What I learned living abroad as a digital nomad

I just returned to California this week after living abroad as a digital nomad for nearly 10 months

By , Computerworld |  Mobile & Wireless

Facebook CEO Mark Zuckerberg famously said in 2010 that the iPad isn't a mobile device. What he meant was that it's a living room device rather than a carry-everywhere device.

When you're a digital nomad abroad, however, the iPad is the ultimate mobile device -- especially when you also have a keyboard and a case that props it up.

I found the iPad (and by extension Android tablets) is a perfect device for the random work locations you encounter abroad.

And the iPad's 11-hour battery life was a life-saver, given the constant challenge of finding electricity.

Overall, living as a digital nomad is a fantastic experience, thanks to all the mobile gadgets, wireless infrastructure and various services that have come into existence in the past five years.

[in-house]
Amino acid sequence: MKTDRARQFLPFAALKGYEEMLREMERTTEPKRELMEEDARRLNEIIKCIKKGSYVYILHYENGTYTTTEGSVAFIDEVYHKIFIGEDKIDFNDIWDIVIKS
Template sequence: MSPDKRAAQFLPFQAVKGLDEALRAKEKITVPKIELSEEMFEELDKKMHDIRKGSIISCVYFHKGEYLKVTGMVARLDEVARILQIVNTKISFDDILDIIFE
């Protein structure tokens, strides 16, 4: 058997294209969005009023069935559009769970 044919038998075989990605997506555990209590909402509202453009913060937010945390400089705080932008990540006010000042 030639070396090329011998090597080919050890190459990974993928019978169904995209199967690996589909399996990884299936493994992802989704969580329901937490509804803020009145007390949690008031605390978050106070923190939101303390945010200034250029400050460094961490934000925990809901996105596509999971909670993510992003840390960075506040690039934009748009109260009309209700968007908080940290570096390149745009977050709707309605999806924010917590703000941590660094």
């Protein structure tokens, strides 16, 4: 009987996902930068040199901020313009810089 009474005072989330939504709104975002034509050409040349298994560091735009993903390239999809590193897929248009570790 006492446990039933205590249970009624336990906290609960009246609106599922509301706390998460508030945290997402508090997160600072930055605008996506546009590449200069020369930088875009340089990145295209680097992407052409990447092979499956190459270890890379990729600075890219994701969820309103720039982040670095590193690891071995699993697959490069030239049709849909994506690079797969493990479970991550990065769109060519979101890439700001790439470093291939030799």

If there's any way you can do this, you should.

Working abroad is like working from home, except when you're done working, you can sometimes go jump in the Mediterranean!

On a semi-related note, I have just begun a mobile-computing experiment in which I will attempt to survive the entire month of May using nothing except Google products. I'll be using a Chromebook Pixel and a Nexus phone and tablet. All the software and even services I use will be Google products. I'll write about the experiment in this space in the coming weeks.

This article, What I learned living abroad as a digital nomad, was originally published at Computerworld.com.

Mike Elgan writes about technology and tech culture. Contact and learn more about Mike at http://Google.me/+MikeElgan. You can also see more articles by Mike Elgan on Computerworld.com.

Read more about mobile/wireless in Computerworld's Mobile/Wireless Topic Center.

Originally published on Computerworld |  Click here to read the original story.
Join us:






Ask a Question